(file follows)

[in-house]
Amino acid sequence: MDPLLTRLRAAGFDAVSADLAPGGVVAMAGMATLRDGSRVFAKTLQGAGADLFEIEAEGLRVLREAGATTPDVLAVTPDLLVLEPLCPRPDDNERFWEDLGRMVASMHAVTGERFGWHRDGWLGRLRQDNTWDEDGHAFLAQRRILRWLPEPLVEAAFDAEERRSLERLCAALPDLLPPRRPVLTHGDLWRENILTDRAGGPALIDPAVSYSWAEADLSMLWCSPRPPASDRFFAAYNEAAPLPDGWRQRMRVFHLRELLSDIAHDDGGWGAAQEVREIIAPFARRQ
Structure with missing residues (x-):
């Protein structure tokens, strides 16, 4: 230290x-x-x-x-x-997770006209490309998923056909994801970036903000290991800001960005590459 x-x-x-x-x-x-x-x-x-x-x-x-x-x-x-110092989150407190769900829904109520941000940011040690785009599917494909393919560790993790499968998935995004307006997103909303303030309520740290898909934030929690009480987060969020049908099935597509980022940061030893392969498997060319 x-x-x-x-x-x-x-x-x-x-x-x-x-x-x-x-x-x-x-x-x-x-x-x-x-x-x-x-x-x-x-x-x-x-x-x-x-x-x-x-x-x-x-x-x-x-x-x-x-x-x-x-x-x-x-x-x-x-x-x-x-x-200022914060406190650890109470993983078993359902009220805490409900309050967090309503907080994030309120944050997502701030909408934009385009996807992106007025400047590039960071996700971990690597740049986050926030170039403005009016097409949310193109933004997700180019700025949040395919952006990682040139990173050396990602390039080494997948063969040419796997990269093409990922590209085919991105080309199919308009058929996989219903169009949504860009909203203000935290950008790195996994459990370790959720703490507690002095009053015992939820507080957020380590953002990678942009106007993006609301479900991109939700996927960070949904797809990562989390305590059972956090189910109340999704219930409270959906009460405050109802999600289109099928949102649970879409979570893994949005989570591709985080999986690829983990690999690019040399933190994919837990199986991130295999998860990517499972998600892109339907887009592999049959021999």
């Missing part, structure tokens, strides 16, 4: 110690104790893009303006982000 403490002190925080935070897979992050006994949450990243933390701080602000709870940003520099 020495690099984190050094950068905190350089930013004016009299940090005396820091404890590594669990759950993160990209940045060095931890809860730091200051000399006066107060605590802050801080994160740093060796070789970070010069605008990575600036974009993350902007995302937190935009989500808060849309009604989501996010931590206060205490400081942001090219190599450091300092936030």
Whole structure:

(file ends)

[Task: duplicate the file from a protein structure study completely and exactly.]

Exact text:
[in-house]
Amino acid sequence: MDPLLTRLRAAGFDAVSADLAPGGVVAMAGMATLRDGSRVFAKTLQGAGADLFEIEAEGLRVLREAGATTPDVLAVTPDLLVLEPLCPRPDDNERFWEDLGRMVASMHAVTGERFGWHRDGWLGRLRQDNTWDEDGHAFLAQRRILRWLPEPLVEAAFDAEERRSLERLCAALPDLLPPRRPVLTHGDLWRENILTDRAGGPALIDPAVSYSWAEADLSMLWCSPRPPASDRFFAAYNEAAPLPDGWRQRMRVFHLRELLSDIAHDDGGWGAAQEVREIIAPFARRQ
Structure with missing residues (x-):
């Protein structure tokens, strides 16, 4: 230290x-x-x-x-x-997770006209490309998923056909994801970036903000290991800001960005590459 x-x-x-x-x-x-x-x-x-x-x-x-x-x-x-110092989150407190769900829904109520941000940011040690785009599917494909393919560790993790499968998935995004307006997103909303303030309520740290898909934030929690009480987060969020049908099935597509980022940061030893392969498997060319 x-x-x-x-x-x-x-x-x-x-x-x-x-x-x-x-x-x-x-x-x-x-x-x-x-x-x-x-x-x-x-x-x-x-x-x-x-x-x-x-x-x-x-x-x-x-x-x-x-x-x-x-x-x-x-x-x-x-x-x-x-x-200022914060406190650890109470993983078993359902009220805490409900309050967090309503907080994030309120944050997502701030909408934009385009996807992106007025400047590039960071996700971990690597740049986050926030170039403005009016097409949310193109933004997700180019700025949040395919952006990682040139990173050396990602390039080494997948063969040419796997990269093409990922590209085919991105080309199919308009058929996989219903169009949504860009909203203000935290950008790195996994459990370790959720703490507690002095009053015992939820507080957020380590953002990678942009106007993006609301479900991109939700996927960070949904797809990562989390305590059972956090189910109340999704219930409270959906009460405050109802999600289109099928949102649970879409979570893994949005989570591709985080999986690829983990690999690019040399933190994919837990199986991130295999998860990517499972998600892109339907887009592999049959021999």
């Missing part, structure tokens, strides 16, 4: 110690104790893009303006982000 403490002190925080935070897979992050006994949450990243933390701080602000709870940003520099 020495690099984190050094950068905190350089930013004016009299940090005396820091404890590594669990759950993160990209940045060095931890809860730091200051000399006066107060605590802050801080994160740093060796070789970070010069605008990575600036974009993350902007995302937190935009989500808060849309009604989501996010931590206060205490400081942001090219190599450091300092936030």
Whole structure: